When the girl told her mother about it she was forbidden to visit upstairs, and Mary was told that she and Hugh would have to move because small children weren’t allowed. Hugh was upset about this and asked the husband why they objected to a baby upstairs. The man seemed embarrassed and apologetic.
“It’s nothing personal,” he told Hugh. “You two are great people and we like you, but we lost a baby early in our marriage and my wife just can’t emotionally handle having a baby around. I really am sorry, but you’ll have to find somewhere else to live.”
That took the wind out of Mary and Hugh’s anticipation of childbirth. He went to work and found a better apartment on Berwyn Place in the Oakley section of the city. They rented the downstairs of a house located on a cul-de-sac that featured a garage and a wooded backyard. Hugh had recently traded in a Model A Ford he’d been driving, for a Chevrolet. The garage would come in handy.
The owners of the house were two older ladies of German descent, Anna and Doris Stenning, who had never married. When they found out this new couple renting their apartment were expecting a baby, they were delighted. Mary and Hugh settled in.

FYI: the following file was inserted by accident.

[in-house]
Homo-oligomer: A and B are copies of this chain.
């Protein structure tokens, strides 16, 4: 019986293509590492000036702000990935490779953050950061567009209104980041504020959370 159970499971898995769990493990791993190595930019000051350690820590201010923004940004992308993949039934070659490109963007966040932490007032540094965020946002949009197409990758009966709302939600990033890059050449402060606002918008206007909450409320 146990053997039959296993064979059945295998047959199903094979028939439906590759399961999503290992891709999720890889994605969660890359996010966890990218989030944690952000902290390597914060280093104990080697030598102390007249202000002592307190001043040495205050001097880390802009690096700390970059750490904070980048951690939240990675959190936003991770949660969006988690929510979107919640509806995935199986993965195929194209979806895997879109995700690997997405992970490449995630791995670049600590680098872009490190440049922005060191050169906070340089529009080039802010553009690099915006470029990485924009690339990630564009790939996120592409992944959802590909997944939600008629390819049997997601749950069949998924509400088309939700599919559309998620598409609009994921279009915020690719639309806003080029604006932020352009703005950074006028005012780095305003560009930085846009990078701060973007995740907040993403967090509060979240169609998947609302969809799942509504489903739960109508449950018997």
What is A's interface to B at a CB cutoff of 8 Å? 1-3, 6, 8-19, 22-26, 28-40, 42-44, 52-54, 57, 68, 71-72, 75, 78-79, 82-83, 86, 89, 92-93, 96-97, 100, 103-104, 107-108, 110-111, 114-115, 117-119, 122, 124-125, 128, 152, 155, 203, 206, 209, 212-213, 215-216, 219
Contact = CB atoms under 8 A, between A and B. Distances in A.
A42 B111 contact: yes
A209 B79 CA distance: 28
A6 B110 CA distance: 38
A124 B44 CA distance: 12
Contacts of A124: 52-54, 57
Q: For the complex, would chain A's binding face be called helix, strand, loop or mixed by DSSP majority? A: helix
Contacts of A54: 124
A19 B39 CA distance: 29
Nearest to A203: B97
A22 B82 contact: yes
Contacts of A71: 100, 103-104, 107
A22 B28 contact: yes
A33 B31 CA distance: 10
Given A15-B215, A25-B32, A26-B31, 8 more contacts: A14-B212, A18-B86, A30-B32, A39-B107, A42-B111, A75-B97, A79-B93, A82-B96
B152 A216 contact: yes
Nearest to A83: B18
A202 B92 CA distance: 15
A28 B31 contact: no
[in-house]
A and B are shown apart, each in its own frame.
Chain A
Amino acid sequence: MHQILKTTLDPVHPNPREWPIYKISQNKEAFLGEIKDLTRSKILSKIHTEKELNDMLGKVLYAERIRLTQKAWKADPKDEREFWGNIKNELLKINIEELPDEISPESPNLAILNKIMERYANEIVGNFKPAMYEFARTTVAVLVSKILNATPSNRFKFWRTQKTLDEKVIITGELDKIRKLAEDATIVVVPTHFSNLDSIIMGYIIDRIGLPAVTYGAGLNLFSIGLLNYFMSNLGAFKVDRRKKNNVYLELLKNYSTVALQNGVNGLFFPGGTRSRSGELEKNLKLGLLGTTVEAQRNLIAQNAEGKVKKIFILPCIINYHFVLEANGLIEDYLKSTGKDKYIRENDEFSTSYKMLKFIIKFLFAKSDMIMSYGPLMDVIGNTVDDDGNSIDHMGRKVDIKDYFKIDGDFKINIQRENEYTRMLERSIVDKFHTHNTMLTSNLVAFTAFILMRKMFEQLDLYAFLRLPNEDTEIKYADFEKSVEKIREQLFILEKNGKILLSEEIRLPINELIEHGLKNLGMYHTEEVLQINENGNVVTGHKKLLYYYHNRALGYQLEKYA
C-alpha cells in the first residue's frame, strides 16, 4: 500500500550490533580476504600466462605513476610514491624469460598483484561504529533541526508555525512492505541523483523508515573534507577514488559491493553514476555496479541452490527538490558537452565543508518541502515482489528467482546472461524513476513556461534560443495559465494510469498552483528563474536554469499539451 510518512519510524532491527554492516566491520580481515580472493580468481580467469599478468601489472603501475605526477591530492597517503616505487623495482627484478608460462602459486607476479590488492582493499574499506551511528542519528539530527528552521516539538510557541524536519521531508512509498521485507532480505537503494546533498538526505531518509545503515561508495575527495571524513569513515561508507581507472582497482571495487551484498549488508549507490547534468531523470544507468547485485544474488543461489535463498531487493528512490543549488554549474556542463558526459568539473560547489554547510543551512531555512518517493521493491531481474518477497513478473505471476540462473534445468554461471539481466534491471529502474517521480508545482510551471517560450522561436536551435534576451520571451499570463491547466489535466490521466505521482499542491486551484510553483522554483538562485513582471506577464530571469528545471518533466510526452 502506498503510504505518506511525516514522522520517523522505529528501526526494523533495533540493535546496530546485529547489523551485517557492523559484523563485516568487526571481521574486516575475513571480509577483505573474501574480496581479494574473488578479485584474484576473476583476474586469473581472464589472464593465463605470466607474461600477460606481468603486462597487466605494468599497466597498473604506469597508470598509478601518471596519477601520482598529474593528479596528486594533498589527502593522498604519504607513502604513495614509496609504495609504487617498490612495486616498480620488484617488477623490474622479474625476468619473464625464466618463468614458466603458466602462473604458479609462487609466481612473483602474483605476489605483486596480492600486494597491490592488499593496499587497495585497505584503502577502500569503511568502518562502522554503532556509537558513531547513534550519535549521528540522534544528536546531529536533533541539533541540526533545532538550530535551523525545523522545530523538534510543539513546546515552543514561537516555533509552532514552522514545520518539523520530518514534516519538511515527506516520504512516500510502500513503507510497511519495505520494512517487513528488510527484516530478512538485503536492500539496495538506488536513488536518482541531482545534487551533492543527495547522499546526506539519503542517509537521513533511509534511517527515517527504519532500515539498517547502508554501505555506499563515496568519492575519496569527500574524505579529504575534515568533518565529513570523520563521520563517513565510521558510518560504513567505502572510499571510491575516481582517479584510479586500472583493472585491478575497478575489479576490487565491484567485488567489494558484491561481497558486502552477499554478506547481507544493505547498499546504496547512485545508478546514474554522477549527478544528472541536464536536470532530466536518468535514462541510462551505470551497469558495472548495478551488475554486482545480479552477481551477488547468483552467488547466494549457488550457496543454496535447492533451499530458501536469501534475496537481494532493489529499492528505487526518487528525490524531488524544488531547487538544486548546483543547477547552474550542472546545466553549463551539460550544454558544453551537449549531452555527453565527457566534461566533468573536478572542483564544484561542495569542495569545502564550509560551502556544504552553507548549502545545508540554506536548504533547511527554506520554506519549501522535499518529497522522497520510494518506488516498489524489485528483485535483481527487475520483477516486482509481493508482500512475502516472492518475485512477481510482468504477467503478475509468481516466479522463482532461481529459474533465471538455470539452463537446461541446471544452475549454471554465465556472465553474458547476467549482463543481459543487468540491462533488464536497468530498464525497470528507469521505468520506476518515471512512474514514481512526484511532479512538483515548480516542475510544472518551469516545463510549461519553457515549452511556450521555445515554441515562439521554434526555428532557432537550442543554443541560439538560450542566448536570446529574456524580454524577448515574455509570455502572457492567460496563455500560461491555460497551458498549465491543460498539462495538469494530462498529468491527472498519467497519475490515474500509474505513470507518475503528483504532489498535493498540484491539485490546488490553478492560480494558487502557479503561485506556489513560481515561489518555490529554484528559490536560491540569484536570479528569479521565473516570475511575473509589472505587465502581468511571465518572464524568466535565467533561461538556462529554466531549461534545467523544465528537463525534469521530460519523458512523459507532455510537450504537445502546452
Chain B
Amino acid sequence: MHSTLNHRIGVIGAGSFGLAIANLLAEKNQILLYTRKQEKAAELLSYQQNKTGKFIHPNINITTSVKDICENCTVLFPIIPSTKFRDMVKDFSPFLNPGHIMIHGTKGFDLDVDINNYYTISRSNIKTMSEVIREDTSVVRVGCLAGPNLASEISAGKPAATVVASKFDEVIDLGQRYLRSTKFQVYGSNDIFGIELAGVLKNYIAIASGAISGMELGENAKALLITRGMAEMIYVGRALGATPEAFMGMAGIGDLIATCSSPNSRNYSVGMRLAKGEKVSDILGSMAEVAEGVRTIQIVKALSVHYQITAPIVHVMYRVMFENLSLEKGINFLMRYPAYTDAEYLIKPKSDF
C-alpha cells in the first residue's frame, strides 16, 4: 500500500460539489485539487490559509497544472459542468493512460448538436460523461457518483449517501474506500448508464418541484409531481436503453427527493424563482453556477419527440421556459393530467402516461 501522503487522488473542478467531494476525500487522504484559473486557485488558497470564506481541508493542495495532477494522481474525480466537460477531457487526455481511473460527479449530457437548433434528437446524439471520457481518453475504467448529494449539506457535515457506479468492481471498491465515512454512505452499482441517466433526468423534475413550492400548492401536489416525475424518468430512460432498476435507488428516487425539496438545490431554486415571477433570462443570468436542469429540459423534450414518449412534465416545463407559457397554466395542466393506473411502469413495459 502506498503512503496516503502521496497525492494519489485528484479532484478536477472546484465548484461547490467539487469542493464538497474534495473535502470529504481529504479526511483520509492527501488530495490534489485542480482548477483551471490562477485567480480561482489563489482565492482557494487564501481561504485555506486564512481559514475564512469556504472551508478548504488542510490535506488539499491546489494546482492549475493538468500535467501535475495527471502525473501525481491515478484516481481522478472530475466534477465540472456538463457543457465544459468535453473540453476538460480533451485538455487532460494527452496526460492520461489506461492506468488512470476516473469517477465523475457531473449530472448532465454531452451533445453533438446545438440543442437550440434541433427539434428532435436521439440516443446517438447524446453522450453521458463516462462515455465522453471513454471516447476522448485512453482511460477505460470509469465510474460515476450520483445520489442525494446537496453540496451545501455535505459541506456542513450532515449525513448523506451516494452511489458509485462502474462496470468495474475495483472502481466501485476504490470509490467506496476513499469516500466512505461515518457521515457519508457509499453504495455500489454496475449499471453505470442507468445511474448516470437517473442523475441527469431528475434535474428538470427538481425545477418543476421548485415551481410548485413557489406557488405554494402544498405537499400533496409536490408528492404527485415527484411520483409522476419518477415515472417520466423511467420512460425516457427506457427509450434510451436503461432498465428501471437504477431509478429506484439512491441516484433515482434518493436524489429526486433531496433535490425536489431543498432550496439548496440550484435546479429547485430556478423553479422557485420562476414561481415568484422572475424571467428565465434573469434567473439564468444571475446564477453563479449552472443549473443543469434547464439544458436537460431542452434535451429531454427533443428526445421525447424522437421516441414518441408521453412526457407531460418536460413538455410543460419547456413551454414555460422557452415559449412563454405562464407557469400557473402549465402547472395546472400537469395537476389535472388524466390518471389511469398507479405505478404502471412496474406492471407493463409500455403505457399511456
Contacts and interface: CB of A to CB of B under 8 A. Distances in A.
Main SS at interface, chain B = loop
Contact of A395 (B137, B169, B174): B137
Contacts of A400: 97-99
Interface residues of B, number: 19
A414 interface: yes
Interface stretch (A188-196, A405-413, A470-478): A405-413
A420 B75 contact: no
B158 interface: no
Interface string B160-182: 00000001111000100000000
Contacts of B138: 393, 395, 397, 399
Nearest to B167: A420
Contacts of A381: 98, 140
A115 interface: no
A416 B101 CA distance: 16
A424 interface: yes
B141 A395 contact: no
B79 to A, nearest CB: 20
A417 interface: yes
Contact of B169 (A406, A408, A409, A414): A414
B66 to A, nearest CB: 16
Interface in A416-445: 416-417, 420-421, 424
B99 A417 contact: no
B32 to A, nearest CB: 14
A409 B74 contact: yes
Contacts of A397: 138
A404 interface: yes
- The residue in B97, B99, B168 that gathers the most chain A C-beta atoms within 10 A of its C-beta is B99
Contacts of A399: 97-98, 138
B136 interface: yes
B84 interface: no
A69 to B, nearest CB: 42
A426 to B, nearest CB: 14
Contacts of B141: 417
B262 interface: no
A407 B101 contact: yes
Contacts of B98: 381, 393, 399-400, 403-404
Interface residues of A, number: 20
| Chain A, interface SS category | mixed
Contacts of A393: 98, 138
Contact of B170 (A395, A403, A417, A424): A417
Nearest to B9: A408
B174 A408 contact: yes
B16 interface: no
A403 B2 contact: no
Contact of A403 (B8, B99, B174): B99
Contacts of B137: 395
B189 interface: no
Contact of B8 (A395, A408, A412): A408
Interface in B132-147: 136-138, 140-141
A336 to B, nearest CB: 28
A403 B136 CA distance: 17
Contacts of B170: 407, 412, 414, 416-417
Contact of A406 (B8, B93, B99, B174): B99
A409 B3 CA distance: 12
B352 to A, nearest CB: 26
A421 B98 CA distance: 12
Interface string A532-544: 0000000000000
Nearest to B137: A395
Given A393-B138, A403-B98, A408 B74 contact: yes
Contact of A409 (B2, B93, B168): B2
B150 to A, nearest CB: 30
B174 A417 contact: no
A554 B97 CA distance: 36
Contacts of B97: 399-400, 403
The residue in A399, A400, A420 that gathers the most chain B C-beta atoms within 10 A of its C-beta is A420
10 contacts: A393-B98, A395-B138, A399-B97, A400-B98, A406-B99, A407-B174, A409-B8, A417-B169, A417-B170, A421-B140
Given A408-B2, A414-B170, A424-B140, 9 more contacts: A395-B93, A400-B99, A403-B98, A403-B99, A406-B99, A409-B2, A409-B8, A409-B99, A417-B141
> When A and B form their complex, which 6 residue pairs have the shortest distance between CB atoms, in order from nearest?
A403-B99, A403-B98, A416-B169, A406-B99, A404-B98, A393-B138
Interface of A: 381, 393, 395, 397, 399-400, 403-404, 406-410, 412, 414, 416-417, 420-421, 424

The baby was due in March and as the date drew near storms began blowing dust clouds into the area from the Midwest Dust Bowl. Mary went into labor one stormy Saturday morning when it was raining mud. Hugh took her to Christ Hospital. Rain falling through the dust clouds created a muddy smear on everything, including the hospital windows. Suddenly through the air came an unmistakable cry. Mary’s first child had just been born! They named him Hugh.
It was customary then for a new mother to remain in the hospital for ten days after childbirth. Mary enjoyed this special time with her tiny offspring whom they had decided to nickname “Hughie.” When they came home Hughie was an immediate hit with the Stenning sisters. They spoke with a noticeable accent and called him “Little Chu.”